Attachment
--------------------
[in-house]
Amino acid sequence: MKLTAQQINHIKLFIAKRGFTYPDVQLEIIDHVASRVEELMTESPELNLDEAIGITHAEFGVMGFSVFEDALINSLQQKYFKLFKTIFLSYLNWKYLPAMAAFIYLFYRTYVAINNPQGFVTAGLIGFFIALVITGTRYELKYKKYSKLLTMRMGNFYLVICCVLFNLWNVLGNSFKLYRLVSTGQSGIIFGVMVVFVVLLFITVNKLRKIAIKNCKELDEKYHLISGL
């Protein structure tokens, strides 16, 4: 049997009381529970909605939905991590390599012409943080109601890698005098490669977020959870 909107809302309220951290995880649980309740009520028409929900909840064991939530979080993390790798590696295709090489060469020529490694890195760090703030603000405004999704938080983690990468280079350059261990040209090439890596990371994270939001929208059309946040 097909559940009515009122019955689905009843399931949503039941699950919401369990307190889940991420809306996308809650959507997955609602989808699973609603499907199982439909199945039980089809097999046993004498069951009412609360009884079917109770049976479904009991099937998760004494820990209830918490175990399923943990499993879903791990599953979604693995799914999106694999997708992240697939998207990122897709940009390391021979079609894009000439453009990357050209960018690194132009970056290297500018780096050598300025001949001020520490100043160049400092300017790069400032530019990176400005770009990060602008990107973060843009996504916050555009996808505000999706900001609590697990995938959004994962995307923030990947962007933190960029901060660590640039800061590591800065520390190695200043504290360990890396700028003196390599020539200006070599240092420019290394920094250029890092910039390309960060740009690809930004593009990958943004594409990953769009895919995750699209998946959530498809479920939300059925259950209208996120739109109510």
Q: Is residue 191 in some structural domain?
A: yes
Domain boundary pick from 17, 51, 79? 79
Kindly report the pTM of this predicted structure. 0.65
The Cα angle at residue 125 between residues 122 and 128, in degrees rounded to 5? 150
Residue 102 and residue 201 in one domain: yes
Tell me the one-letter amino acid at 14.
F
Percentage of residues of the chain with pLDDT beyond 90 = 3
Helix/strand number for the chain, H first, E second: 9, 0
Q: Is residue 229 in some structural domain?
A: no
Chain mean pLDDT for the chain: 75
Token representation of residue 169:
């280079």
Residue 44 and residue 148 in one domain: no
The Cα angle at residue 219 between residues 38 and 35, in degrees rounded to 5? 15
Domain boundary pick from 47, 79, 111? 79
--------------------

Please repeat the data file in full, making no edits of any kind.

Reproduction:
[in-house]
Amino acid sequence: MKLTAQQINHIKLFIAKRGFTYPDVQLEIIDHVASRVEELMTESPELNLDEAIGITHAEFGVMGFSVFEDALINSLQQKYFKLFKTIFLSYLNWKYLPAMAAFIYLFYRTYVAINNPQGFVTAGLIGFFIALVITGTRYELKYKKYSKLLTMRMGNFYLVICCVLFNLWNVLGNSFKLYRLVSTGQSGIIFGVMVVFVVLLFITVNKLRKIAIKNCKELDEKYHLISGL
């Protein structure tokens, strides 16, 4: 049997009381529970909605939905991590390599012409943080109601890698005098490669977020959870 909107809302309220951290995880649980309740009520028409929900909840064991939530979080993390790798590696295709090489060469020529490694890195760090703030603000405004999704938080983690990468280079350059261990040209090439890596990371994270939001929208059309946040 097909559940009515009122019955689905009843399931949503039941699950919401369990307190889940991420809306996308809650959507997955609602989808699973609603499907199982439909199945039980089809097999046993004498069951009412609360009884079917109770049976479904009991099937998760004494820990209830918490175990399923943990499993879903791990599953979604693995799914999106694999997708992240697939998207990122897709940009390391021979079609894009000439453009990357050209960018690194132009970056290297500018780096050598300025001949001020520490100043160049400092300017790069400032530019990176400005770009990060602008990107973060843009996504916050555009996808505000999706900001609590697990995938959004994962995307923030990947962007933190960029901060660590640039800061590591800065520390190695200043504290360990890396700028003196390599020539200006070599240092420019290394920094250029890092910039390309960060740009690809930004593009990958943004594409990953769009895919995750699209998946959530498809479920939300059925259950209208996120739109109510």
Q: Is residue 191 in some structural domain?
A: yes
Domain boundary pick from 17, 51, 79? 79
Kindly report the pTM of this predicted structure. 0.65
The Cα angle at residue 125 between residues 122 and 128, in degrees rounded to 5? 150
Residue 102 and residue 201 in one domain: yes
Tell me the one-letter amino acid at 14.
F
Percentage of residues of the chain with pLDDT beyond 90 = 3
Helix/strand number for the chain, H first, E second: 9, 0
Q: Is residue 229 in some structural domain?
A: no
Chain mean pLDDT for the chain: 75
Token representation of residue 169:
């280079």
Residue 44 and residue 148 in one domain: no
The Cα angle at residue 219 between residues 38 and 35, in degrees rounded to 5? 15
Domain boundary pick from 47, 79, 111? 79